SORTING through his father's shed, Jamie Govan found some cycling gems that piqued his interest.
Mr Govan's father worked in the railways in an era where nearly everyone rode to work. This had Mr Govan wondering how many other people had magnificent vintage bikes hiding in their sheds.
So, Mr Govan and his fellow riders in The Saxons are calling out for people to share their finds in a special "show and shine" that will form part of the cycle group's major fundraiser to help fight motor neurone disease early next month.
It's sparked a lot of interest already. People have been coming up to me and telling me about old bikes they have.Jamie Govan
Mr Govan is convinced there must be some great stories in the community: Ballarat is billed as home of Australian road cycling now; this city was claimed to be the nation's bicycle-making metropolis at the turn of the century. By 1907, Ballarat boasted 11 bicycle manufacturers, according to Culture Victoria and The Gold Museum.
Gove, Quayle, Brazell, Spears, Leitch, New Holland and Malvern Star were all household names in Ballarat. Former metal workers and miners were moving into bicycle production at the decline of the mining and metal industry from the 1860s, making Ballarat one of the strongest bicycle manufacturing centres in Australia, according to Culture Victoria.
Davis-Franklin Cycling Company, with a shop based in Sturt Street, had the largest bicycle factory in Australia by 1904.
Mr Govan likened the surge of interest in vintage bikes to a similar enthusiasm for classic cars, delving into the past for treasure and beauties - and wanting to show them off.
"(The event has) sparked a lot of interest already. People have been coming up to me and telling me about old bikes they have," Mr Govan said. "We will have a buy, swap and sell for old gears or old seats. People are always looking for parts to do up their old bikes.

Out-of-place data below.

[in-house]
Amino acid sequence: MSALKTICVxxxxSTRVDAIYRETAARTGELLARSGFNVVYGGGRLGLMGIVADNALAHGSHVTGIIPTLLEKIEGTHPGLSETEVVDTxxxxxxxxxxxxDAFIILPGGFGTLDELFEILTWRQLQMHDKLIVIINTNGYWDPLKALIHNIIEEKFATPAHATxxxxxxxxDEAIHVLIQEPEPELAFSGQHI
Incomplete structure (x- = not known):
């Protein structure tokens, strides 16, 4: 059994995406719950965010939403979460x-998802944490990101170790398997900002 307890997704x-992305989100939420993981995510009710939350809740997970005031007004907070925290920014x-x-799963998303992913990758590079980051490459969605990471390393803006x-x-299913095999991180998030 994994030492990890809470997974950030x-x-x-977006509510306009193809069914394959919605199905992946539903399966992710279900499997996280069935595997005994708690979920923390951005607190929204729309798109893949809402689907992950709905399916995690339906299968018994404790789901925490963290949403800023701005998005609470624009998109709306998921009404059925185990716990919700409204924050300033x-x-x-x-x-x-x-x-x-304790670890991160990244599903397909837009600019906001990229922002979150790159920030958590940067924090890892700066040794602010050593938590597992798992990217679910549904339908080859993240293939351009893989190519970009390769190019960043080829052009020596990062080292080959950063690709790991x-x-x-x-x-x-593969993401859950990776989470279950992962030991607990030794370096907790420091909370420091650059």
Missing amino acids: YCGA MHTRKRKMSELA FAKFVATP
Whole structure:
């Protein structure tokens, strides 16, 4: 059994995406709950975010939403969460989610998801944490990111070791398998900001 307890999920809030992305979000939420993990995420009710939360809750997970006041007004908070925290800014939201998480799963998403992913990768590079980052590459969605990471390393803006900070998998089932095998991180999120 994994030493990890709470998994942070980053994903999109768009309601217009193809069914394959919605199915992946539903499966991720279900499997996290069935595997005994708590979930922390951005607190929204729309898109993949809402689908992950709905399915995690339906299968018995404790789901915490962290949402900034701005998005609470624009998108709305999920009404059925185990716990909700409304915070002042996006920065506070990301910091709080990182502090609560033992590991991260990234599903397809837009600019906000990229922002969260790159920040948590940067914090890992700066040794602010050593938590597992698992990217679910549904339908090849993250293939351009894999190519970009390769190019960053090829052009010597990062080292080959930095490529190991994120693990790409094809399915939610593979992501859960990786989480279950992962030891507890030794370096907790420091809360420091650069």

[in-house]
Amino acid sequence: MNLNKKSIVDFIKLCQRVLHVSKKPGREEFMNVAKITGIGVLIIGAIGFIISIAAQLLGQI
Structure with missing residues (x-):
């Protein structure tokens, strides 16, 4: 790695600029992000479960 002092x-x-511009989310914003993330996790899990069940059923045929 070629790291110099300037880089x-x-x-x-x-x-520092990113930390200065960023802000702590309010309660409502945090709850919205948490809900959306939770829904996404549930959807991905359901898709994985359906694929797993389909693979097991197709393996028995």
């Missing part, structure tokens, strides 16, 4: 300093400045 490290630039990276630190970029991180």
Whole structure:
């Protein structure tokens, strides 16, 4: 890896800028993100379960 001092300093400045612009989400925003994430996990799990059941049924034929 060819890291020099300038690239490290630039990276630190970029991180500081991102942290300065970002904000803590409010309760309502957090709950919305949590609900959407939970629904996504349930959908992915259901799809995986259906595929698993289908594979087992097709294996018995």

"...Some people would put their own stickers on bikes, some build their own. Women used to cover their spikes with mud guards to prevent their dresses from getting dirty. There will be a lot of side stories with these parts."
Some people would put their own stickers on bikes, some build their own. Women used to cover their spikes with mud guards to prevent their dresses from getting dirty.Jamie Govan, The Saxons
The Saxons' Ballarat Cycling Through History show and shine is open to all types of bicycles from iron and steel to aluminium, titanium and carbon.
Mr Govan hoped it would be a great introduction to the city's love for cycling, including a evolution of cycling manufacturing and development, including the move towards gears and modern electric bikes.
The Saxons' fundraising day will also feature a social ride by Lake Wendouree in honour of their friend and fellow Saxon Robert Pitman, who died mid-last year with motor neurone disease.
The club will also host a Walk to D'feet MND. All money raised will goes to the support and advocay work of MND Victoria.
But the Saxons also have a strong focus on first re-claiming their team title in Ballarat Cycle Classic on Sunday. The Classic is the major fundraiser for Fiona Elsey Cancer Research Institute.
Ballarat Cycling Through History and the ride and walk for MND Victoria is at Pleasant Street Primary School on March 1.
Anyone with a vintage bike to show or for more details, contact Mr Govan on 0438 626 066 or via email, email@example.com.
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